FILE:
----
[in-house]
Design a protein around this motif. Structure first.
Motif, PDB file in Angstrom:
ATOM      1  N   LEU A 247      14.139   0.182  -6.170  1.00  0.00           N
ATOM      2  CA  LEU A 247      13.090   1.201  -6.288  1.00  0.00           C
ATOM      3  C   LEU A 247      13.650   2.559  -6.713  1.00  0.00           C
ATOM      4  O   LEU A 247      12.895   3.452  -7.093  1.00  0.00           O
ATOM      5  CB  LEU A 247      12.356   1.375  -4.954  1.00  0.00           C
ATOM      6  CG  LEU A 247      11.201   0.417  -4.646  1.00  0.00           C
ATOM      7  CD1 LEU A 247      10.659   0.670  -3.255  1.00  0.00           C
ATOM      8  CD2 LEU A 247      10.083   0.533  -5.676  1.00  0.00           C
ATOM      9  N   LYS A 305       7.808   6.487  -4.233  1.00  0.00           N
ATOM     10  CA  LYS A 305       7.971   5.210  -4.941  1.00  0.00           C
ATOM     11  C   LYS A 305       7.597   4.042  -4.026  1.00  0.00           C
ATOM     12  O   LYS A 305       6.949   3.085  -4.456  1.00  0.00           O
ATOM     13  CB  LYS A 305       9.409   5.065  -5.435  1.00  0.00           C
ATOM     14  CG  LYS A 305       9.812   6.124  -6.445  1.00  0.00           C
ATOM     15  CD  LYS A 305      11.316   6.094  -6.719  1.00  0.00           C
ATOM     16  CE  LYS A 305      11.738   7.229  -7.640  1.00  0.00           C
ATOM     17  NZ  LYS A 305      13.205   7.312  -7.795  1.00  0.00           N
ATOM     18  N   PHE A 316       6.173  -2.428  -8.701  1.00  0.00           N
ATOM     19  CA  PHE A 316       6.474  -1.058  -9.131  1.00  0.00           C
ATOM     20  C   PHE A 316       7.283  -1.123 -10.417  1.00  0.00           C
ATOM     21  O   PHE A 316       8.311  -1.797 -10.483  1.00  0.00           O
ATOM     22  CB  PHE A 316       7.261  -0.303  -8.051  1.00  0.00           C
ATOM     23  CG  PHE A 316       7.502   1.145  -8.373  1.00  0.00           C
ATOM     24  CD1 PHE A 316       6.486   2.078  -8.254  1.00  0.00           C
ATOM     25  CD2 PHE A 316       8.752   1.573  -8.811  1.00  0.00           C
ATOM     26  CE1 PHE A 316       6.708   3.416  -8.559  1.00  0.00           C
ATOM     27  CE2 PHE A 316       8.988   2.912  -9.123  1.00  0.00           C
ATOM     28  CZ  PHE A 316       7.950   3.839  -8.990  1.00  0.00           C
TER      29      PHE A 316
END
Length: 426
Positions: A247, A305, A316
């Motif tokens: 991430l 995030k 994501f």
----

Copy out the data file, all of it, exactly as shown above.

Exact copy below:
[in-house]
Design a protein around this motif. Structure first.
Motif, PDB file in Angstrom:
ATOM      1  N   LEU A 247      14.139   0.182  -6.170  1.00  0.00           N
ATOM      2  CA  LEU A 247      13.090   1.201  -6.288  1.00  0.00           C
ATOM      3  C   LEU A 247      13.650   2.559  -6.713  1.00  0.00           C
ATOM      4  O   LEU A 247      12.895   3.452  -7.093  1.00  0.00           O
ATOM      5  CB  LEU A 247      12.356   1.375  -4.954  1.00  0.00           C
ATOM      6  CG  LEU A 247      11.201   0.417  -4.646  1.00  0.00           C
ATOM      7  CD1 LEU A 247      10.659   0.670  -3.255  1.00  0.00           C
ATOM      8  CD2 LEU A 247      10.083   0.533  -5.676  1.00  0.00           C
ATOM      9  N   LYS A 305       7.808   6.487  -4.233  1.00  0.00           N
ATOM     10  CA  LYS A 305       7.971   5.210  -4.941  1.00  0.00           C
ATOM     11  C   LYS A 305       7.597   4.042  -4.026  1.00  0.00           C
ATOM     12  O   LYS A 305       6.949   3.085  -4.456  1.00  0.00           O
ATOM     13  CB  LYS A 305       9.409   5.065  -5.435  1.00  0.00           C
ATOM     14  CG  LYS A 305       9.812   6.124  -6.445  1.00  0.00           C
ATOM     15  CD  LYS A 305      11.316   6.094  -6.719  1.00  0.00           C
ATOM     16  CE  LYS A 305      11.738   7.229  -7.640  1.00  0.00           C
ATOM     17  NZ  LYS A 305      13.205   7.312  -7.795  1.00  0.00           N
ATOM     18  N   PHE A 316       6.173  -2.428  -8.701  1.00  0.00           N
ATOM     19  CA  PHE A 316       6.474  -1.058  -9.131  1.00  0.00           C
ATOM     20  C   PHE A 316       7.283  -1.123 -10.417  1.00  0.00           C
ATOM     21  O   PHE A 316       8.311  -1.797 -10.483  1.00  0.00           O
ATOM     22  CB  PHE A 316       7.261  -0.303  -8.051  1.00  0.00           C
ATOM     23  CG  PHE A 316       7.502   1.145  -8.373  1.00  0.00           C
ATOM     24  CD1 PHE A 316       6.486   2.078  -8.254  1.00  0.00           C
ATOM     25  CD2 PHE A 316       8.752   1.573  -8.811  1.00  0.00           C
ATOM     26  CE1 PHE A 316       6.708   3.416  -8.559  1.00  0.00           C
ATOM     27  CE2 PHE A 316       8.988   2.912  -9.123  1.00  0.00           C
ATOM     28  CZ  PHE A 316       7.950   3.839  -8.990  1.00  0.00           C
TER      29      PHE A 316
END
Length: 426
Positions: A247, A305, A316
């Motif tokens: 991430l 995030k 994501f």